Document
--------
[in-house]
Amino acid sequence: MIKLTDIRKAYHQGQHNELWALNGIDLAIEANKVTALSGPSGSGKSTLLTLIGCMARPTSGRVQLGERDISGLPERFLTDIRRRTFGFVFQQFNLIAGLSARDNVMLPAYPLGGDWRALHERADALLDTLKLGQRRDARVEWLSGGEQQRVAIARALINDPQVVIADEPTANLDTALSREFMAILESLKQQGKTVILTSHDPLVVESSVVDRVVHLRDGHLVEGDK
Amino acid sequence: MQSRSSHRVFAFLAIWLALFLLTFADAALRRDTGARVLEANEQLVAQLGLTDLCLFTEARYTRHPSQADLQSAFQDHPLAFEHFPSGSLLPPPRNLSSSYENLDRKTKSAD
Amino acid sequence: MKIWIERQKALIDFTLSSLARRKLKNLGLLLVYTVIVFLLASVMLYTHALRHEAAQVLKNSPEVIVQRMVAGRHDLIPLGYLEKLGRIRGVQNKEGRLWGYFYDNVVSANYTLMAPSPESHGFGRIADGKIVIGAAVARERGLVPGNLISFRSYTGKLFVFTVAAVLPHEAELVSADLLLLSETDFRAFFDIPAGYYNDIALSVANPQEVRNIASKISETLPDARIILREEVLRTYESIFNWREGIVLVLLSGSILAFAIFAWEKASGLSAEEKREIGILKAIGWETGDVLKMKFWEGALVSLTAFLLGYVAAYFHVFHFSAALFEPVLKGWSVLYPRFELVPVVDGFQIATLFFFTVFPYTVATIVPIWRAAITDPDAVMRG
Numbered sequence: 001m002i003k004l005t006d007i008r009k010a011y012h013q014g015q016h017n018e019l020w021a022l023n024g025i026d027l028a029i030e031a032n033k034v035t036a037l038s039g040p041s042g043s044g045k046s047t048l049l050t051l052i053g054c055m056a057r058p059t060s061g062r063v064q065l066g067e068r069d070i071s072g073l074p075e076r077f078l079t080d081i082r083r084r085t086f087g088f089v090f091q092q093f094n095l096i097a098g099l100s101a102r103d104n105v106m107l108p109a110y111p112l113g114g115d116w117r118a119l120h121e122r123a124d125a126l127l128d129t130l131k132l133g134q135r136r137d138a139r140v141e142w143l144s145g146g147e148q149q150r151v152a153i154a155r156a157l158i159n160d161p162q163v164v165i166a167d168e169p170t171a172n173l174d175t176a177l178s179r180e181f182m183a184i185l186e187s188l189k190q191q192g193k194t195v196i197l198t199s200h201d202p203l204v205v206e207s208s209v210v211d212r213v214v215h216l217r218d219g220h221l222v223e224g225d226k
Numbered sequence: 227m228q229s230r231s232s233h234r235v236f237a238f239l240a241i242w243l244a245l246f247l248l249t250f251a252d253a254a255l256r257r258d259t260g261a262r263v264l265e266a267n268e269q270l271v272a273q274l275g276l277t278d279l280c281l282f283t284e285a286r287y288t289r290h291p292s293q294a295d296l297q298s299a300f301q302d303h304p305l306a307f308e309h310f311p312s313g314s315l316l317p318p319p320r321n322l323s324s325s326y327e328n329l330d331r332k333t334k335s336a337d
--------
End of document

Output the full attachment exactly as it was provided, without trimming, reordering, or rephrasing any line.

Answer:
[in-house]
Amino acid sequence: MIKLTDIRKAYHQGQHNELWALNGIDLAIEANKVTALSGPSGSGKSTLLTLIGCMARPTSGRVQLGERDISGLPERFLTDIRRRTFGFVFQQFNLIAGLSARDNVMLPAYPLGGDWRALHERADALLDTLKLGQRRDARVEWLSGGEQQRVAIARALINDPQVVIADEPTANLDTALSREFMAILESLKQQGKTVILTSHDPLVVESSVVDRVVHLRDGHLVEGDK
Amino acid sequence: MQSRSSHRVFAFLAIWLALFLLTFADAALRRDTGARVLEANEQLVAQLGLTDLCLFTEARYTRHPSQADLQSAFQDHPLAFEHFPSGSLLPPPRNLSSSYENLDRKTKSAD
Amino acid sequence: MKIWIERQKALIDFTLSSLARRKLKNLGLLLVYTVIVFLLASVMLYTHALRHEAAQVLKNSPEVIVQRMVAGRHDLIPLGYLEKLGRIRGVQNKEGRLWGYFYDNVVSANYTLMAPSPESHGFGRIADGKIVIGAAVARERGLVPGNLISFRSYTGKLFVFTVAAVLPHEAELVSADLLLLSETDFRAFFDIPAGYYNDIALSVANPQEVRNIASKISETLPDARIILREEVLRTYESIFNWREGIVLVLLSGSILAFAIFAWEKASGLSAEEKREIGILKAIGWETGDVLKMKFWEGALVSLTAFLLGYVAAYFHVFHFSAALFEPVLKGWSVLYPRFELVPVVDGFQIATLFFFTVFPYTVATIVPIWRAAITDPDAVMRG
Numbered sequence: 001m002i003k004l005t006d007i008r009k010a011y012h013q014g015q016h017n018e019l020w021a022l023n024g025i026d027l028a029i030e031a032n033k034v035t036a037l038s039g040p041s042g043s044g045k046s047t048l049l050t051l052i053g054c055m056a057r058p059t060s061g062r063v064q065l066g067e068r069d070i071s072g073l074p075e076r077f078l079t080d081i082r083r084r085t086f087g088f089v090f091q092q093f094n095l096i097a098g099l100s101a102r103d104n105v106m107l108p109a110y111p112l113g114g115d116w117r118a119l120h121e122r123a124d125a126l127l128d129t130l131k132l133g134q135r136r137d138a139r140v141e142w143l144s145g146g147e148q149q150r151v152a153i154a155r156a157l158i159n160d161p162q163v164v165i166a167d168e169p170t171a172n173l174d175t176a177l178s179r180e181f182m183a184i185l186e187s188l189k190q191q192g193k194t195v196i197l198t199s200h201d202p203l204v205v206e207s208s209v210v211d212r213v214v215h216l217r218d219g220h221l222v223e224g225d226k
Numbered sequence: 227m228q229s230r231s232s233h234r235v236f237a238f239l240a241i242w243l244a245l246f247l248l249t250f251a252d253a254a255l256r257r258d259t260g261a262r263v264l265e266a267n268e269q270l271v272a273q274l275g276l277t278d279l280c281l282f283t284e285a286r287y288t289r290h291p292s293q294a295d296l297q298s299a300f301q302d303h304p305l306a307f308e309h310f311p312s313g314s315l316l317p318p319p320r321n322l323s324s325s326y327e328n329l330d331r332k333t334k335s336a337d